Washington, DC — U.S. Forest Service staff are under new orders not to speak to news reporters about politically sensitive issues, according to a directive released today by Public Employees for Environmental Responsibility (PEER). This gag order resembles those issued by the Bush administration, belying vows by the Obama administration of government transparency.
In a January 26, 2010 e-mail to employees, Kate Goodrich-Arling, the Public and Legislative Affairs Officer for the Monongahela National Forest, states:
“Partly due to the increased scrutiny surrounding ARRA [the American Recovery and Reinvestment Act] work and partly due to a relatively new administration, we remain under strict instructions for talking with the media. So, a reminder: If you receive media calls that fall under the following categories you cannot talk to the reporter, but should instead get their contact info and get in touch with me: 1. contacts by a member of the national media on ANY subject 2. contacts by a local or regional reporter seeking information about a national issue including policy and budget issues.”
The e-mail indicates that national media “include the Washington Post, NY Times, US Today, most TV stations, The Weather Channel, etc.” National issues are defined as “any topic related to accountability (like how we're implementing ARRA); or a resource topic that has been in the national media lately, like gas or wind development on public lands….” Located in the Allegheny Mountains of West Virginia, the Monongahela National Forest, like many public lands, is the site for controversial natural gas drilling.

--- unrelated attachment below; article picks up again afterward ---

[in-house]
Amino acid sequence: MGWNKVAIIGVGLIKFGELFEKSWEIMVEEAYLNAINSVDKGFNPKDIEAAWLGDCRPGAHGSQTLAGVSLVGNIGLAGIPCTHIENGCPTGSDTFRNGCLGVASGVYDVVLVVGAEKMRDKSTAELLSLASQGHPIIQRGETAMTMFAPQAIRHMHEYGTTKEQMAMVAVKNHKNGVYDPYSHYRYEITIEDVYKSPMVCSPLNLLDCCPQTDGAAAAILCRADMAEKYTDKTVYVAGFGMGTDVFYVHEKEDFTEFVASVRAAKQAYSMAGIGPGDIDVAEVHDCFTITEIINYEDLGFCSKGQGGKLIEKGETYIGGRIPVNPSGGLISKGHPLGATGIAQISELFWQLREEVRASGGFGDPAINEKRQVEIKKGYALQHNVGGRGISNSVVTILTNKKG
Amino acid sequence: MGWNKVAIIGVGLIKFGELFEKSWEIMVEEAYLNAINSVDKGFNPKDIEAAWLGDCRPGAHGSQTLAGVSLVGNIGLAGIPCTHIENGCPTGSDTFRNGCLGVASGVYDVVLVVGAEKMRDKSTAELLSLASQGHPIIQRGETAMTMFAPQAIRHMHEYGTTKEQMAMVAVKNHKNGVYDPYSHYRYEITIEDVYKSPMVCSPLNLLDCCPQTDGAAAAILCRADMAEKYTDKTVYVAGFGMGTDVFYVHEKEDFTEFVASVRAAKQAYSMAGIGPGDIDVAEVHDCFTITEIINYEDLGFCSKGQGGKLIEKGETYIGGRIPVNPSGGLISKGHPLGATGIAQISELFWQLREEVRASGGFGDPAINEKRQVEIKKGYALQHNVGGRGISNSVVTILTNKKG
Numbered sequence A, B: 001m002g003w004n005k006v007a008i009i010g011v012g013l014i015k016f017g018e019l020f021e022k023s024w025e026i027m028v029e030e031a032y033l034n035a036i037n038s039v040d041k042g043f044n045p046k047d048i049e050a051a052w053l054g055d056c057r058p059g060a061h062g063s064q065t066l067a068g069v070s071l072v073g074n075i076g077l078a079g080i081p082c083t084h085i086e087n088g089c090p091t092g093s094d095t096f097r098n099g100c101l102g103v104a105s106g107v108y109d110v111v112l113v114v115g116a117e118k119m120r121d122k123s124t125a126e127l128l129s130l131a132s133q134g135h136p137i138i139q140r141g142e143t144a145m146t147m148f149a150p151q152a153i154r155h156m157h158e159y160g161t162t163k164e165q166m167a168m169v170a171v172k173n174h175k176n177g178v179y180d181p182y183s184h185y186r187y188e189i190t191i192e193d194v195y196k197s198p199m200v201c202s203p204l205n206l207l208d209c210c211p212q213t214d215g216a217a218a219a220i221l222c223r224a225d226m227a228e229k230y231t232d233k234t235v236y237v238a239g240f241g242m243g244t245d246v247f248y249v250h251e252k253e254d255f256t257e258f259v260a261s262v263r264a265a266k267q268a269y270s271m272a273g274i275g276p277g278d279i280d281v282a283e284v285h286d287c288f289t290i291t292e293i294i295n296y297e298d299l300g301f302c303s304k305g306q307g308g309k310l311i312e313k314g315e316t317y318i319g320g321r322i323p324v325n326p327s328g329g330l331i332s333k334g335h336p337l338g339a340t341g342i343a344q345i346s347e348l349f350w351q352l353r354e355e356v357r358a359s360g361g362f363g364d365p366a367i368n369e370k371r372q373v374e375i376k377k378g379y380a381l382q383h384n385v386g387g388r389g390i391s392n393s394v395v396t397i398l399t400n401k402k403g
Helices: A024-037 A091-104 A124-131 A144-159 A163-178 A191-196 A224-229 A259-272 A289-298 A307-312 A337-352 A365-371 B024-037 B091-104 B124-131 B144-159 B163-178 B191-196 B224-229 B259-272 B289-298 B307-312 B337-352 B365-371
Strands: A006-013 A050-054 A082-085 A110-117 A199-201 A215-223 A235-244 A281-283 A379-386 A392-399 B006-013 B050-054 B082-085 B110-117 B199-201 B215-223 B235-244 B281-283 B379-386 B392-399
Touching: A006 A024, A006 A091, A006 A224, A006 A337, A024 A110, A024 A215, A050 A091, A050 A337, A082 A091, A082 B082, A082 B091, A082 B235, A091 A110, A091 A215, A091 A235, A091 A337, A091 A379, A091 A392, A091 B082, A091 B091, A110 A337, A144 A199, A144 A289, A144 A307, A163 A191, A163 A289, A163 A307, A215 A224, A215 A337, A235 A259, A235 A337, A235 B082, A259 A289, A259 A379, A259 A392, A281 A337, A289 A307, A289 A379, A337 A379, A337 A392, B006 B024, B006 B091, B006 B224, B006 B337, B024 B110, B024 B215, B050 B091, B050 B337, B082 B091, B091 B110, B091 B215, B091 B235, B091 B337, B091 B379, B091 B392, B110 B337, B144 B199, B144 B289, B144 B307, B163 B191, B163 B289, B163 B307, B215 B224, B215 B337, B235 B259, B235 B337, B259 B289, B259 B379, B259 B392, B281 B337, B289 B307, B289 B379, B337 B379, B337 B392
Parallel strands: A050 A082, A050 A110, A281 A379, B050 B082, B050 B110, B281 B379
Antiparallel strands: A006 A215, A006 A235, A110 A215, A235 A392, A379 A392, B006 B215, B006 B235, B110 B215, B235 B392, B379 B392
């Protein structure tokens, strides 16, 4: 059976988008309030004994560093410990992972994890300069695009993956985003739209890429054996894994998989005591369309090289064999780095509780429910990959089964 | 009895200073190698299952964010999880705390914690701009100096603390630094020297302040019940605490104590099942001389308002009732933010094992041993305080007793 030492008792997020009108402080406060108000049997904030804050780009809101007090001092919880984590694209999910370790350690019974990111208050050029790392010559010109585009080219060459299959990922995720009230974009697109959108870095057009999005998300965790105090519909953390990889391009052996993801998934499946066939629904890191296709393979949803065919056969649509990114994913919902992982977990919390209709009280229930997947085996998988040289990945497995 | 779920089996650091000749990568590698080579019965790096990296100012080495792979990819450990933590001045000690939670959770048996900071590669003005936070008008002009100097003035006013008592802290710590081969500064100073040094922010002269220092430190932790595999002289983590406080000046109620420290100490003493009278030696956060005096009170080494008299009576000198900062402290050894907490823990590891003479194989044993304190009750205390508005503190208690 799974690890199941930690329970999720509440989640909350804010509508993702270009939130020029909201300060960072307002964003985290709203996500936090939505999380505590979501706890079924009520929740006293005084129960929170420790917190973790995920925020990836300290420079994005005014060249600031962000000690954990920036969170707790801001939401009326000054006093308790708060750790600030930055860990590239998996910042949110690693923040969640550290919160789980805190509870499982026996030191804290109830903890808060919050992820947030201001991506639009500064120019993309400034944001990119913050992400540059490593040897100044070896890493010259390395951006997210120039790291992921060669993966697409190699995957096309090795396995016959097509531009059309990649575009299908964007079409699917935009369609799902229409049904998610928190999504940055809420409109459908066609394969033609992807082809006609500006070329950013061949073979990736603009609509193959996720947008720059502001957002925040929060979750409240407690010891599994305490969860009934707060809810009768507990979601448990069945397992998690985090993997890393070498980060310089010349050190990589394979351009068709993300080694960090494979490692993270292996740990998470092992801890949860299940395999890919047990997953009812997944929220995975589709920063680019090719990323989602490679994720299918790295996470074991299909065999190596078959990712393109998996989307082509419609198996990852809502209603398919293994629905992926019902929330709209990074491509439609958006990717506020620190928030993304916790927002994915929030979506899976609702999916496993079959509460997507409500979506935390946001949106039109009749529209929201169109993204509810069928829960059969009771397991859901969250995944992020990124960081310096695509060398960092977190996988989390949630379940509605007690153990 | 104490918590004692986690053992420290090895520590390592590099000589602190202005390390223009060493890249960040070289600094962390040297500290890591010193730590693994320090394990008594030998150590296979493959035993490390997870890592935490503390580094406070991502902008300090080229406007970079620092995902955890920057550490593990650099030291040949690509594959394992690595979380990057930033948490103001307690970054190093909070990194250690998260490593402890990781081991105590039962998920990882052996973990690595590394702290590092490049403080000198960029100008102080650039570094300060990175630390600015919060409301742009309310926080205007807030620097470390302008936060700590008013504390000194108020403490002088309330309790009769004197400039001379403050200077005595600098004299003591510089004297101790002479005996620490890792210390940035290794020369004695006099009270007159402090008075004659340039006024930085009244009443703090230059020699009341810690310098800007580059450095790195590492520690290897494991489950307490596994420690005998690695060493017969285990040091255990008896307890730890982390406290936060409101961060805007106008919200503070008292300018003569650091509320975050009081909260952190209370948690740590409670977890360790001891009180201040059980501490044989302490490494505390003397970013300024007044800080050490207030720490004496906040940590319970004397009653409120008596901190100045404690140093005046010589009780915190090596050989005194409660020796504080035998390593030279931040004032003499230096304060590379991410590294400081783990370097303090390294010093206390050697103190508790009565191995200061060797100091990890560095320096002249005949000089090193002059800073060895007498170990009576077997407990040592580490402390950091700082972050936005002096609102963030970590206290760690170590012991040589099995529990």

“How can a government be transparent when public servants are forbidden from disclosing facts?” asked PEER Executive Director Jeff Ruch, noting that such gag orders may be far more widespread but are not usually reduced to writing. “This the same type of gag order that we saw a lot during the Bush years.”
Despite proclaiming new levels of transparency and accountability, the Obama team remains rooted in a “message control” mentality that punishes government workers for unscripted candor, as evidenced by:
- Recent action by EPA to censor what its own employees could say in a private YouTube video about weaknesses in cap-and-trade systems for controlling greenhouse gas emissions;
- Restricting federal employees’ ability to provide information to Congress. One indication was a controversial “signing statement” by President Obama in March 2009 asserting his inherent authority to “supervise, control, and correct employees' communications with the Congress”;
- Refusal to resolve whistleblower cases arising from Bush administration efforts to control information, most prominently the case of U.S. Park Police Chief Teresa Chambers who was removed for honestly answering questions posed by the Washington Post. Scheduled for a federal appeals court hearing next week, the Chambers case is now being prosecuted by the Obama Justice Department; and
- Failure to finalize promised rules to bring transparency to federal science, protect scientists from retaliation and set up pathways for scientists to publish. Draft rules from the White House were due back in July but have yet to materialize.
“If this gag order does not represent administration policy, it should publicly repudiate this directive, reprimand those who are behind it and lay out clear rules authorizing any federal employee to truthfully answer a question,” added Ruch.